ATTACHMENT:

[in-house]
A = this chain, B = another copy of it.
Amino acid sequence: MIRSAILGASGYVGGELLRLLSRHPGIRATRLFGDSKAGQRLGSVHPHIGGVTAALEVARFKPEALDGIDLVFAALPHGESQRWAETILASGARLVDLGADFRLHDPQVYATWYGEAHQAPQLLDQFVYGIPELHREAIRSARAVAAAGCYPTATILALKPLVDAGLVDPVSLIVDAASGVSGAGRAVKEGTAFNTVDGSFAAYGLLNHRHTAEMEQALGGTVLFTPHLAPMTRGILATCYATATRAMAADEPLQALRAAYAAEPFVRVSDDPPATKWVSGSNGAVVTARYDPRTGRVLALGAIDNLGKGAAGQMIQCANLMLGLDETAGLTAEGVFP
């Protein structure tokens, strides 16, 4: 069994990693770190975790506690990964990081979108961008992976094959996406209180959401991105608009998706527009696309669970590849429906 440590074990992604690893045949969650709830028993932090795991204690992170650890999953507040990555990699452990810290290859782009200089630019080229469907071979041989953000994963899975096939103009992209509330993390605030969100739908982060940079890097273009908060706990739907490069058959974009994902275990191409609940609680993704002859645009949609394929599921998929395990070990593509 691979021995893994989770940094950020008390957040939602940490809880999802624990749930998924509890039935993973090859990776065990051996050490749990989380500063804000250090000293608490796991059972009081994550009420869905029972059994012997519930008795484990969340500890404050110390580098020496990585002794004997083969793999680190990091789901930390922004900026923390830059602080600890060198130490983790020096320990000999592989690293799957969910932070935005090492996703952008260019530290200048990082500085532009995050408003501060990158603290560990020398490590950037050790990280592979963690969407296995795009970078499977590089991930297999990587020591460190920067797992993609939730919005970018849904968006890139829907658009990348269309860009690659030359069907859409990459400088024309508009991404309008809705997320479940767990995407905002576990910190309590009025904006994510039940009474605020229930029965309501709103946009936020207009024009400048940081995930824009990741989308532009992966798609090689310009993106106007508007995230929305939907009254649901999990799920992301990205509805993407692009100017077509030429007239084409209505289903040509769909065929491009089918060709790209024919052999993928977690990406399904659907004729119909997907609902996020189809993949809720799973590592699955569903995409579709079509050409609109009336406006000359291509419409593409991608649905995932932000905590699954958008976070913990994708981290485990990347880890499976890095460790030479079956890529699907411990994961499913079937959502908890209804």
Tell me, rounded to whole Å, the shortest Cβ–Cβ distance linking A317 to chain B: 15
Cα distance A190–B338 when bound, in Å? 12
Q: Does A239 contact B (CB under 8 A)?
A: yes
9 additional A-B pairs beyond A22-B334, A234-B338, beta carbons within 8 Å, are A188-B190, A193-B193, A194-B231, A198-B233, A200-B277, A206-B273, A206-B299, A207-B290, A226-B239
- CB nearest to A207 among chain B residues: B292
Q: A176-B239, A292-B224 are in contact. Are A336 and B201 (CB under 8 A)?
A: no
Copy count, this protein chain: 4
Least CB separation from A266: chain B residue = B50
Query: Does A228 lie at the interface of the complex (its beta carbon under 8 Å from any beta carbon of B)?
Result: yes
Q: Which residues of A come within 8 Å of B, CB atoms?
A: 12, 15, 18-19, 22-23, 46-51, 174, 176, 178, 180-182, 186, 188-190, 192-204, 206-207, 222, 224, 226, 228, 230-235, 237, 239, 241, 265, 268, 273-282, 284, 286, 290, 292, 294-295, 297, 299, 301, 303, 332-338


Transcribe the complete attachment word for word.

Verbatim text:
[in-house]
A = this chain, B = another copy of it.
Amino acid sequence: MIRSAILGASGYVGGELLRLLSRHPGIRATRLFGDSKAGQRLGSVHPHIGGVTAALEVARFKPEALDGIDLVFAALPHGESQRWAETILASGARLVDLGADFRLHDPQVYATWYGEAHQAPQLLDQFVYGIPELHREAIRSARAVAAAGCYPTATILALKPLVDAGLVDPVSLIVDAASGVSGAGRAVKEGTAFNTVDGSFAAYGLLNHRHTAEMEQALGGTVLFTPHLAPMTRGILATCYATATRAMAADEPLQALRAAYAAEPFVRVSDDPPATKWVSGSNGAVVTARYDPRTGRVLALGAIDNLGKGAAGQMIQCANLMLGLDETAGLTAEGVFP
């Protein structure tokens, strides 16, 4: 069994990693770190975790506690990964990081979108961008992976094959996406209180959401991105608009998706527009696309669970590849429906 440590074990992604690893045949969650709830028993932090795991204690992170650890999953507040990555990699452990810290290859782009200089630019080229469907071979041989953000994963899975096939103009992209509330993390605030969100739908982060940079890097273009908060706990739907490069058959974009994902275990191409609940609680993704002859645009949609394929599921998929395990070990593509 691979021995893994989770940094950020008390957040939602940490809880999802624990749930998924509890039935993973090859990776065990051996050490749990989380500063804000250090000293608490796991059972009081994550009420869905029972059994012997519930008795484990969340500890404050110390580098020496990585002794004997083969793999680190990091789901930390922004900026923390830059602080600890060198130490983790020096320990000999592989690293799957969910932070935005090492996703952008260019530290200048990082500085532009995050408003501060990158603290560990020398490590950037050790990280592979963690969407296995795009970078499977590089991930297999990587020591460190920067797992993609939730919005970018849904968006890139829907658009990348269309860009690659030359069907859409990459400088024309508009991404309008809705997320479940767990995407905002576990910190309590009025904006994510039940009474605020229930029965309501709103946009936020207009024009400048940081995930824009990741989308532009992966798609090689310009993106106007508007995230929305939907009254649901999990799920992301990205509805993407692009100017077509030429007239084409209505289903040509769909065929491009089918060709790209024919052999993928977690990406399904659907004729119909997907609902996020189809993949809720799973590592699955569903995409579709079509050409609109009336406006000359291509419409593409991608649905995932932000905590699954958008976070913990994708981290485990990347880890499976890095460790030479079956890529699907411990994961499913079937959502908890209804």
Tell me, rounded to whole Å, the shortest Cβ–Cβ distance linking A317 to chain B: 15
Cα distance A190–B338 when bound, in Å? 12
Q: Does A239 contact B (CB under 8 A)?
A: yes
9 additional A-B pairs beyond A22-B334, A234-B338, beta carbons within 8 Å, are A188-B190, A193-B193, A194-B231, A198-B233, A200-B277, A206-B273, A206-B299, A207-B290, A226-B239
- CB nearest to A207 among chain B residues: B292
Q: A176-B239, A292-B224 are in contact. Are A336 and B201 (CB under 8 A)?
A: no
Copy count, this protein chain: 4
Least CB separation from A266: chain B residue = B50
Query: Does A228 lie at the interface of the complex (its beta carbon under 8 Å from any beta carbon of B)?
Result: yes
Q: Which residues of A come within 8 Å of B, CB atoms?
A: 12, 15, 18-19, 22-23, 46-51, 174, 176, 178, 180-182, 186, 188-190, 192-204, 206-207, 222, 224, 226, 228, 230-235, 237, 239, 241, 265, 268, 273-282, 284, 286, 290, 292, 294-295, 297, 299, 301, 303, 332-338